What causes indoor air problems?
Indoor pollution sources that release gases or particles into the air are the primary cause of indoor air quality problems in homes. Inadequate ventilation can increase indoor pollutant levels by not bringing in enough outdoor air to dilute emissions from indoor sources and by not carrying indoor air pollutants out of the home. High temperature and humidity levels can also increase concentrations of some pollutants.
There are many sources of indoor air pollution in any home. These include combustion sources such as oil, gas, kerosene, coal, wood, and tobacco products; building materials and furnishings as diverse as deteriorated, asbestos-containing insulation, wet or damp carpet, and cabinetry or furniture made of certain pressed wood products; products for household cleaning and maintenance, personal care, or hobbies; central heating and cooling systems and humidification devices; and outdoor sources such as radon, pesticides, and outdoor air pollution.
The relative importance of any single source depends on how much of a given pollutant it emits and how hazardous those emissions are. In some cases, factors such as how old the source is and whether it is properly maintained are significant. For example, an improperly adjusted gas stove can emit significantly more carbon monoxide than one that is properly adjusted.
Some sources, such as building materials, furnishings, and household products like air fresheners, release pollutants more or less continuously. Other sources, related to activities carried out in the home, release pollutants intermittently. These include smoking, the use of unvented or malfunctioning stoves, furnaces, or space heaters, the use of solvents in cleaning and hobby activities, the use of paint strippers in redecorating activities, and the use of cleaning products and pesticides in housekeeping. High pollutant concentrations can remain in the air for long periods after some of these activities.
Amount of Ventilation
If too little outdoor air enters a home, pollutants can accumulate to levels that can pose health and comfort problems. Unless they are built with special mechanical means of ventilation, homes that are designed and constructed to minimize the amount of outdoor air that can "leak" into and out of the home may have higher pollutant levels than other homes. However, because some weather conditions can drastically reduce the amount of outdoor air that enters a home, pollutants can build up even in homes that are normally considered "leaky."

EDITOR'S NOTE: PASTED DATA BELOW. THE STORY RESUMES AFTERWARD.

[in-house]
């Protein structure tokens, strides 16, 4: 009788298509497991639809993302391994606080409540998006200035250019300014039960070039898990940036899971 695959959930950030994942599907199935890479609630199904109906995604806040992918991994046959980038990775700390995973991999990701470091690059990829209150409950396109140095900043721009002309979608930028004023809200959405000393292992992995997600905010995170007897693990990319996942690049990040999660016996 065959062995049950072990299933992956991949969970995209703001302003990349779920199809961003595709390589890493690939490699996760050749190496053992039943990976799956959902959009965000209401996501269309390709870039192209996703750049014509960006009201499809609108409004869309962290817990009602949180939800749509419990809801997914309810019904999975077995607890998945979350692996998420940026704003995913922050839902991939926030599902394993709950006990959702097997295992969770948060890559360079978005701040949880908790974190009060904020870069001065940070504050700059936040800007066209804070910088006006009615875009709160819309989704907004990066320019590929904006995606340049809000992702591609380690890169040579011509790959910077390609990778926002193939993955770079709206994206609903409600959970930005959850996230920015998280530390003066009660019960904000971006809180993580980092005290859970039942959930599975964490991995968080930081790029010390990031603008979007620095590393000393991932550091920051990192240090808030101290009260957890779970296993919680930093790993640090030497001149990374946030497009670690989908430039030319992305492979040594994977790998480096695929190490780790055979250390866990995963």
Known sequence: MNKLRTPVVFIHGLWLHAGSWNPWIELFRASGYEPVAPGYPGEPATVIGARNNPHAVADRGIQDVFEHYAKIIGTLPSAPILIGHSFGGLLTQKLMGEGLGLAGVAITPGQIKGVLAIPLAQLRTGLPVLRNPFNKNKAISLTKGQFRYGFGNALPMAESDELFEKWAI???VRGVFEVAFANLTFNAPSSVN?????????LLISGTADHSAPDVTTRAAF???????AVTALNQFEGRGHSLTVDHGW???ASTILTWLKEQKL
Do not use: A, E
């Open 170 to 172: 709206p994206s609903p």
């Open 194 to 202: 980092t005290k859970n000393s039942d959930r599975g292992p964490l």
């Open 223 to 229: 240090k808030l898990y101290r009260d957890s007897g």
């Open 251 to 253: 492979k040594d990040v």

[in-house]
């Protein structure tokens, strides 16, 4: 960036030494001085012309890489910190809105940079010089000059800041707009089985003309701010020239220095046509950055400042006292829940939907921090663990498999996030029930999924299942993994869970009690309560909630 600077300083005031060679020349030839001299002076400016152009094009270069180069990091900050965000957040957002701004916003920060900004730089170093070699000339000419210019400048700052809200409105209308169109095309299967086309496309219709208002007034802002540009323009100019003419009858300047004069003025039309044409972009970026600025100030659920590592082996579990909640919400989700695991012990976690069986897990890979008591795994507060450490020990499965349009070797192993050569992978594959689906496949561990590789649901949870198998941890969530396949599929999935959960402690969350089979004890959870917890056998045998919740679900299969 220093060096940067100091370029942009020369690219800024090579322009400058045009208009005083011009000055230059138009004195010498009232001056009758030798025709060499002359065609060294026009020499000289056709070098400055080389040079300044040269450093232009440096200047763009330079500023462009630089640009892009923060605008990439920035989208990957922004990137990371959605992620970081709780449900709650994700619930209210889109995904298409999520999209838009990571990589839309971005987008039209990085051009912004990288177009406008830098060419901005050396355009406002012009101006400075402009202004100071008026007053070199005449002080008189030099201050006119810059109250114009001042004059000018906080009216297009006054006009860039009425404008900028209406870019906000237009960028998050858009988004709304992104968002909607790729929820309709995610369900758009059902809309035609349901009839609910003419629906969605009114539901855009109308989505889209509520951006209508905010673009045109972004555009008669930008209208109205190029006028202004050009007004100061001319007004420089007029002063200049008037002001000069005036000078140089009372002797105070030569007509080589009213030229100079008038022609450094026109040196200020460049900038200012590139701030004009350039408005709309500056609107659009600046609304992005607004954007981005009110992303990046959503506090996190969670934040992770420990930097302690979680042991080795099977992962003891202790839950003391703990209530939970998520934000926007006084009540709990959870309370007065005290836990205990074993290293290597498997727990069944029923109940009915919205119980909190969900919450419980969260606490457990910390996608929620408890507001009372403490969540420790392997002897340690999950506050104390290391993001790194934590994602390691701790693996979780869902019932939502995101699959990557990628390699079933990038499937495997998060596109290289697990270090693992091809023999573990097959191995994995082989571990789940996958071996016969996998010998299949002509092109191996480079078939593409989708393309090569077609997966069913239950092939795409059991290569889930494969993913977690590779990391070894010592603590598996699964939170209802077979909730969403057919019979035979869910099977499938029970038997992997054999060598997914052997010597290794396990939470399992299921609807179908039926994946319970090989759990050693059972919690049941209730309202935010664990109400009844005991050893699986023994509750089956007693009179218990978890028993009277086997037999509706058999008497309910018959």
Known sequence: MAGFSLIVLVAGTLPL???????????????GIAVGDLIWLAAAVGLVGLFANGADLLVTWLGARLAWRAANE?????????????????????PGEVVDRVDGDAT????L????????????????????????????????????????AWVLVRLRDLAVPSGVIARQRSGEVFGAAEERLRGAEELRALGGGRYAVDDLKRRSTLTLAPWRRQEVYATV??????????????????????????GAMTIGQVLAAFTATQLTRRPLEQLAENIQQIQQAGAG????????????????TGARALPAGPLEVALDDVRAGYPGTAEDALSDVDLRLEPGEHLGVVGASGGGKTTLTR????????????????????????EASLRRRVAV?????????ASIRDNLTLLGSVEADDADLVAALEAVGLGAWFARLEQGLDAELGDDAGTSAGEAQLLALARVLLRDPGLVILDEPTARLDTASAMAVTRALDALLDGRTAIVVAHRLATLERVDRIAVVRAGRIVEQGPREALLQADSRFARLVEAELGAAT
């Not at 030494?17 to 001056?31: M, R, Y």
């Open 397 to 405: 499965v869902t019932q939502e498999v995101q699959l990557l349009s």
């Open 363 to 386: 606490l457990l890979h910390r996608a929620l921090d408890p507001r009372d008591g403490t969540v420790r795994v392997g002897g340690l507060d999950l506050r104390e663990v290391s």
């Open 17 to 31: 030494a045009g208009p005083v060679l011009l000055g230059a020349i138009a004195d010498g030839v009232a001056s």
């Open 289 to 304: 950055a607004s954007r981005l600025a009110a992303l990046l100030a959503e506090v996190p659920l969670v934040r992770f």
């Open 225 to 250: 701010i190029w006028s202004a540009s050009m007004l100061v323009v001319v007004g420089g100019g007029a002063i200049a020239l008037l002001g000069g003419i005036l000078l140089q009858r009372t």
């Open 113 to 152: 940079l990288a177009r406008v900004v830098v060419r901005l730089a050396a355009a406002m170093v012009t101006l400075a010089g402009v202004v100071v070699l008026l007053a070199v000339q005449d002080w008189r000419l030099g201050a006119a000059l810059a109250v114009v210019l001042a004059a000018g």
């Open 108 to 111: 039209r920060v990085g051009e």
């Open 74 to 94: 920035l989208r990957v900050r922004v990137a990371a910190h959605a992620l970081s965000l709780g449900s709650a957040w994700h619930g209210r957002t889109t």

Elevated relative humidity at a surface – 70 percent or higher - can lead to problems with mold, corrosion, decay and other moisture related deterioration. When relative humidity reaches 100 percent, condensation can occur on surfaces leading to a whole host of additional problems. An elevated relative humidity in carpet and within fabrics can lead to dust mite infestation and mildew (mildew is mold growing on fabrics). Low relative humidity can lead to discomfort, shrinkage of wood floors and wood furniture, cracking of paint on wood trim and static electricity discharges. The key is not to be too low and not to be too high. High enough to be comfortable, but low enough to avoid moisture problems associated with mold, corrosion, decay, and condensation.
Read "The Inside Story: A Guide to Indoor Air Quality" at www.epa.gov/iaq/pubs/insidestory.html
- "Relative Humidity" http://www.buildingscience.com/documents/reports/rr-0203-relative-humidity (Building Science Corporation, Westford, MA, 2002)
- "What is relative humidity and how does it affect how I feel outside?" http://science.howstuffworks.com/question651.htm (How Stuff Works)
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- Topic #: 23002-32283
- Date Created: 2/25/2011
- Last Modified Since: 4/10/2013
- Viewed: 145